90s diesels at risk

Scrappage scheme threat to older diesel VWs

As the government puts forward a scrappage scheme to rid our roads of older diesels, swathes of ‘would be’ classics could be wiped out forever. Here’s what’s being proposed, what cars will be affected and how it will affect owners of older diesel VWs…

In a repeat of events in 2009, the government is likely to offer a financial incentive to encourage owners to trade in their older diesel cars for a more environmentally friendly car instead in an attempt to improve air quality in our cities. The new initiative is being considered in an attempt to combat the 9,000 premature deaths a year linked to air pollution in London alone. The 10 most polluted UK cities will be targeted first, with Birmingham, Derby, Leeds, Nottingham and Southampton also being identified as areas where existing guidelines for nitrogen oxide (NOx) are being exceeded.

As far as we understand, the scrappage programme will only affect owners of diesel cars in excess of 10 years old that are registered in polluting hotspots. The compensation for switching to a low emission model is likely to be between £1,000-£2,000, but what proportion of this would be made up by a manufacturer contribution, as in 2009, is yet unknown. There is also talk of offering retro fit filters to reduce emissions on older cars, but again, how this would work in practice remains unclear.


We all care for the environment and none of us want pollution to harm our health. However, the argument against introducing a car scrappage scheme is compelling. Most agree that crushing a perfectly usable older car is a waste of resources when you consider that another car will need to be manufactured to take its place. The fact that these new cars may be battery powered and therefore require specialist recycling one day themselves adds to the irony.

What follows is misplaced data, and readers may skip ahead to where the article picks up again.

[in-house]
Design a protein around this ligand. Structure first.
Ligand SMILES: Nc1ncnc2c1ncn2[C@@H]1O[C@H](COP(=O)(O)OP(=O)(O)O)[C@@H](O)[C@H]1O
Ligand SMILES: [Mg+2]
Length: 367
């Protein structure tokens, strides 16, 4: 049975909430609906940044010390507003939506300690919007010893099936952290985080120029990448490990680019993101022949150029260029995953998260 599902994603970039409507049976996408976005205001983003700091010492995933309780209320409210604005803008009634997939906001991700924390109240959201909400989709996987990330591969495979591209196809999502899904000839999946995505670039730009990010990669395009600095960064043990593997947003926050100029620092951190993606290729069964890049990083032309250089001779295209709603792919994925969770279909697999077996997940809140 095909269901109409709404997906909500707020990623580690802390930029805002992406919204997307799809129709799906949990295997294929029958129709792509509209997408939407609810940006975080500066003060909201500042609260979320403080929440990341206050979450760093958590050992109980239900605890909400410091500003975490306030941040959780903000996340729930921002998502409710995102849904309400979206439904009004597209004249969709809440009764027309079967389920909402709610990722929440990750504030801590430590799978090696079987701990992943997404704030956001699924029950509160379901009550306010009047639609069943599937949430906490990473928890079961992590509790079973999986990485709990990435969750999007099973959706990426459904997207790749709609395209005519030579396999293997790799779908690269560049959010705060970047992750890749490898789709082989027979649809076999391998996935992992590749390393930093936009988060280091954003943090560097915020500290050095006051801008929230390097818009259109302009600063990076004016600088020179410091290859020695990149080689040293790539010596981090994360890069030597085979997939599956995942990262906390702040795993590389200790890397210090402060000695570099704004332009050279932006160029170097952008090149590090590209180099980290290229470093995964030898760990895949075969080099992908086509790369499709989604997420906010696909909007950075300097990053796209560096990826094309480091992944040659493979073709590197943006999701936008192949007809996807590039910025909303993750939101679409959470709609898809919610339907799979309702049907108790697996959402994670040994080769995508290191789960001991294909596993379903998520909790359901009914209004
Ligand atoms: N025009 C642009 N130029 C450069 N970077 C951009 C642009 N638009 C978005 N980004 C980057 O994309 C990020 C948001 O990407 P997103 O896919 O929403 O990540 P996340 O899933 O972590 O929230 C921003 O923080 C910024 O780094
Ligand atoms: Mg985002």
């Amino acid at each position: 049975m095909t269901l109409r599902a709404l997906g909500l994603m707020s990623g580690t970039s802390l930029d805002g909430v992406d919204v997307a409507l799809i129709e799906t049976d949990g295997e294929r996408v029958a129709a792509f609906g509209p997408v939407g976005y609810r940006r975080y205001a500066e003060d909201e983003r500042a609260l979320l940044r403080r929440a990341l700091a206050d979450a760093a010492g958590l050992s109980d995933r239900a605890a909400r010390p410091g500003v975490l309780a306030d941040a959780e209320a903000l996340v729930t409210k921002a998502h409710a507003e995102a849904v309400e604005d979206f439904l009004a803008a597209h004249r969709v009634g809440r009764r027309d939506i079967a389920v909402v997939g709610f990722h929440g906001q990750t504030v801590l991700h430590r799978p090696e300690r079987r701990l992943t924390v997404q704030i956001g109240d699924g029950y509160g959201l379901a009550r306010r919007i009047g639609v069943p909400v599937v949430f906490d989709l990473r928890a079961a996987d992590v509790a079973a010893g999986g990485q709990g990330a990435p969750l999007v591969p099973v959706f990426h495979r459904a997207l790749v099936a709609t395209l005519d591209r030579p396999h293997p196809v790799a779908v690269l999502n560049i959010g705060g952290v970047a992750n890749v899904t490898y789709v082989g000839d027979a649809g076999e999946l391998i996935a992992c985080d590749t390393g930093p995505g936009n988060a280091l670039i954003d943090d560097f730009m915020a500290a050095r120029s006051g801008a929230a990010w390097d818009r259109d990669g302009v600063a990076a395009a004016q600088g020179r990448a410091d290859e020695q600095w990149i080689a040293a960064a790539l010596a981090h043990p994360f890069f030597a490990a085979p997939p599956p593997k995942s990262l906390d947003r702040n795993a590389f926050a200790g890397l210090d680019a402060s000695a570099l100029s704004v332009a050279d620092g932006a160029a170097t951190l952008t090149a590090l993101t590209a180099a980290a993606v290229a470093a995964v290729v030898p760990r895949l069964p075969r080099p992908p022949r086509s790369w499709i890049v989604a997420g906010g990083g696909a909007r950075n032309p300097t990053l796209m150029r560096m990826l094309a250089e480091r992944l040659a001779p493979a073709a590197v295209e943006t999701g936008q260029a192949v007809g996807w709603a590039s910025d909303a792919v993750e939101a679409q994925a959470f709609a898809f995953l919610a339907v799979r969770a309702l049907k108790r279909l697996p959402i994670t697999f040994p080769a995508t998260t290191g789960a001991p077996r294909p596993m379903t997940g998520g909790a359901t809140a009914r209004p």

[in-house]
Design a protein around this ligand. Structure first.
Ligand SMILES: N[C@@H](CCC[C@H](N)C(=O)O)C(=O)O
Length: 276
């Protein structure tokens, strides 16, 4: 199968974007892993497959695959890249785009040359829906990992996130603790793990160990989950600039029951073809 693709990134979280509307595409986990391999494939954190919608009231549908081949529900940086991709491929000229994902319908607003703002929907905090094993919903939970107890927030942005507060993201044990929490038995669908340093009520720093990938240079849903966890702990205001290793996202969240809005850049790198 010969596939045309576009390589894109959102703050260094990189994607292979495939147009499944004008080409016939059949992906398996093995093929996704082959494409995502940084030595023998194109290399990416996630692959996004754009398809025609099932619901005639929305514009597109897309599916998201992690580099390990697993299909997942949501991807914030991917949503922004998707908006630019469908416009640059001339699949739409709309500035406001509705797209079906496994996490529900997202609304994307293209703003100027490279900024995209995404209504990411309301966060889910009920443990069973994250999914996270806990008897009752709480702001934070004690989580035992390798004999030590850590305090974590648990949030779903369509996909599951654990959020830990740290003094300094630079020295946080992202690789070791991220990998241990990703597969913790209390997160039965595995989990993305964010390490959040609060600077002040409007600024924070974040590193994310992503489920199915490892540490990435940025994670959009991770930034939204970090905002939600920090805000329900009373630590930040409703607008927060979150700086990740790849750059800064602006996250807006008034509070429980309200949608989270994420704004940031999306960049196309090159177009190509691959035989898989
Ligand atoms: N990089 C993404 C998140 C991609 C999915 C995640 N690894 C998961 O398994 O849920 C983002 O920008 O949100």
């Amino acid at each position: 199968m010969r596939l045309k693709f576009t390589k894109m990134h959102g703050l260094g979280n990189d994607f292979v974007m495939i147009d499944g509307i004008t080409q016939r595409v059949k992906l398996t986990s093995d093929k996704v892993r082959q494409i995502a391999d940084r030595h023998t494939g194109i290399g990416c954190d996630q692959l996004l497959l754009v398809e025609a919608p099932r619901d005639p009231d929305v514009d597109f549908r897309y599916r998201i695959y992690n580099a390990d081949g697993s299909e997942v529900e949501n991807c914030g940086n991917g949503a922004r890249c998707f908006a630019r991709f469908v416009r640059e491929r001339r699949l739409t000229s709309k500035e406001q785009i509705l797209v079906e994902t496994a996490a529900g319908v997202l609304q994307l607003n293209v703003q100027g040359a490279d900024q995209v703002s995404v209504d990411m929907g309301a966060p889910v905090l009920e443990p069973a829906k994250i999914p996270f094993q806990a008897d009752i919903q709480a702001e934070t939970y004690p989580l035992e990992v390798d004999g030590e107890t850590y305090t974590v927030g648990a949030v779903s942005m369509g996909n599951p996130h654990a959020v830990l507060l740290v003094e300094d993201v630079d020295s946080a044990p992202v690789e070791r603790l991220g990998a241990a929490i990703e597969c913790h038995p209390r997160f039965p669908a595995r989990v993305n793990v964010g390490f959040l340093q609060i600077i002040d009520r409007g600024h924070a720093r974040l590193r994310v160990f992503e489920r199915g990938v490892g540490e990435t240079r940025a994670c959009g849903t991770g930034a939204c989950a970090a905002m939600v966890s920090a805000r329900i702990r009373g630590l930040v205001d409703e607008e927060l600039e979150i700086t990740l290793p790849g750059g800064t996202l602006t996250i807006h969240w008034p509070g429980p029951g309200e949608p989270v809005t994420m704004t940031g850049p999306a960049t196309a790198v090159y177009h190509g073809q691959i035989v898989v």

There’s also growing evidence that older diesels aren’t all to blame for high pollution levels; in a BBC radio interview, Manchester Business School’s professor Karel Williams was quoted as saying that the most modern EU6 diesels are five times more dirty on the road as they are during laboratory conditions. Moreover, that EU6 cars are on average roughly 60 per cent as polluting as the 15 year-old EU3 cars that are about to be scrapped. Their fine particle emissions are particularly dangerous to health.

The thing is, while being offered money to trade in something like a Mk2 Golf diesel is unlikely to encourage an old car enthusiast to suddenly take their car to the nearest new car dealer, it’s cars that have been hidden away in storage, or abandoned in a garage that are most at risk. The real undiscovered gems. If a relation or someone who’s not at all interested in the car gets wind of the fact they can make money from trading it in for a new car, then it’s likely to be lost forever.

What do you think?


The opinions expressed here are the personal opinions of the author and do not necessarily represent the views and opinions of VW Heritage

2 responses to: Scrappage scheme threat to older diesel VWs

  1. If the terms being suggested are accurate, I find it astonishing that it is assumed a person driving a 10+ year old vehicle will have the necessary finance to move up to a new car, even with a (potential) inducement of £2000.
    There is usually a reason people drive older cars.
    Like the previous scrappage scheme, a “vehicle” for the reasonably well off, to prosper.

  2. “How to keep your Volkswagen Alive” illustrator Tosh Gregg has said, “Scrapping your car and buying a new one every 10 years is a dirty business.”

    Both the MOT and these scrapping schemes are a tax on the poor and the environment, and welfare for the Car Corporations.

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